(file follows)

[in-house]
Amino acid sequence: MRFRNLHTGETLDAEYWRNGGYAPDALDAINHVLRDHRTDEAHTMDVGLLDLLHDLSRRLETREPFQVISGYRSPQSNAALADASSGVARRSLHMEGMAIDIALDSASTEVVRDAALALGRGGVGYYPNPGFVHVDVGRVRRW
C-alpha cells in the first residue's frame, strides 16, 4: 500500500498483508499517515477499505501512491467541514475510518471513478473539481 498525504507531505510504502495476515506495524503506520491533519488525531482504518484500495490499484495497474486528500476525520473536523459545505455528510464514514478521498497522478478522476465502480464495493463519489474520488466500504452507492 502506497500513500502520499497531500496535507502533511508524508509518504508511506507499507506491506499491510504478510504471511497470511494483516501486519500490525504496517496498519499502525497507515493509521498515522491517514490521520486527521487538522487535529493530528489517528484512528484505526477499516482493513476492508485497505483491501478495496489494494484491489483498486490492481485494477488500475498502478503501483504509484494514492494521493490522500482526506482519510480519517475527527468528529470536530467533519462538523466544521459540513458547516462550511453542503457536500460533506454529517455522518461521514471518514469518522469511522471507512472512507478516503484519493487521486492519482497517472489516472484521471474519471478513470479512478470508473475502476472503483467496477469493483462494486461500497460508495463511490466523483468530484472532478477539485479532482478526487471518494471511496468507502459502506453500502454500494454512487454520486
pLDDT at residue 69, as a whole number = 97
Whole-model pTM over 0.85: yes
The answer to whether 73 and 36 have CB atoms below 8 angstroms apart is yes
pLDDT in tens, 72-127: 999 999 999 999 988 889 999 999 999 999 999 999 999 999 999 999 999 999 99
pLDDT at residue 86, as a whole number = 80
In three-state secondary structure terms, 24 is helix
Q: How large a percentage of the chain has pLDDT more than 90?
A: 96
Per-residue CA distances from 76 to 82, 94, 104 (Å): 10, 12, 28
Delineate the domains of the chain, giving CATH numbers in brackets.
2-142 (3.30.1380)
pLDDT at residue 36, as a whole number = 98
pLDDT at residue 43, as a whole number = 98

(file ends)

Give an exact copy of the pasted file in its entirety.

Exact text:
[in-house]
Amino acid sequence: MRFRNLHTGETLDAEYWRNGGYAPDALDAINHVLRDHRTDEAHTMDVGLLDLLHDLSRRLETREPFQVISGYRSPQSNAALADASSGVARRSLHMEGMAIDIALDSASTEVVRDAALALGRGGVGYYPNPGFVHVDVGRVRRW
C-alpha cells in the first residue's frame, strides 16, 4: 500500500498483508499517515477499505501512491467541514475510518471513478473539481 498525504507531505510504502495476515506495524503506520491533519488525531482504518484500495490499484495497474486528500476525520473536523459545505455528510464514514478521498497522478478522476465502480464495493463519489474520488466500504452507492 502506497500513500502520499497531500496535507502533511508524508509518504508511506507499507506491506499491510504478510504471511497470511494483516501486519500490525504496517496498519499502525497507515493509521498515522491517514490521520486527521487538522487535529493530528489517528484512528484505526477499516482493513476492508485497505483491501478495496489494494484491489483498486490492481485494477488500475498502478503501483504509484494514492494521493490522500482526506482519510480519517475527527468528529470536530467533519462538523466544521459540513458547516462550511453542503457536500460533506454529517455522518461521514471518514469518522469511522471507512472512507478516503484519493487521486492519482497517472489516472484521471474519471478513470479512478470508473475502476472503483467496477469493483462494486461500497460508495463511490466523483468530484472532478477539485479532482478526487471518494471511496468507502459502506453500502454500494454512487454520486
pLDDT at residue 69, as a whole number = 97
Whole-model pTM over 0.85: yes
The answer to whether 73 and 36 have CB atoms below 8 angstroms apart is yes
pLDDT in tens, 72-127: 999 999 999 999 988 889 999 999 999 999 999 999 999 999 999 999 999 999 99
pLDDT at residue 86, as a whole number = 80
In three-state secondary structure terms, 24 is helix
Q: How large a percentage of the chain has pLDDT more than 90?
A: 96
Per-residue CA distances from 76 to 82, 94, 104 (Å): 10, 12, 28
Delineate the domains of the chain, giving CATH numbers in brackets.
2-142 (3.30.1380)
pLDDT at residue 36, as a whole number = 98
pLDDT at residue 43, as a whole number = 98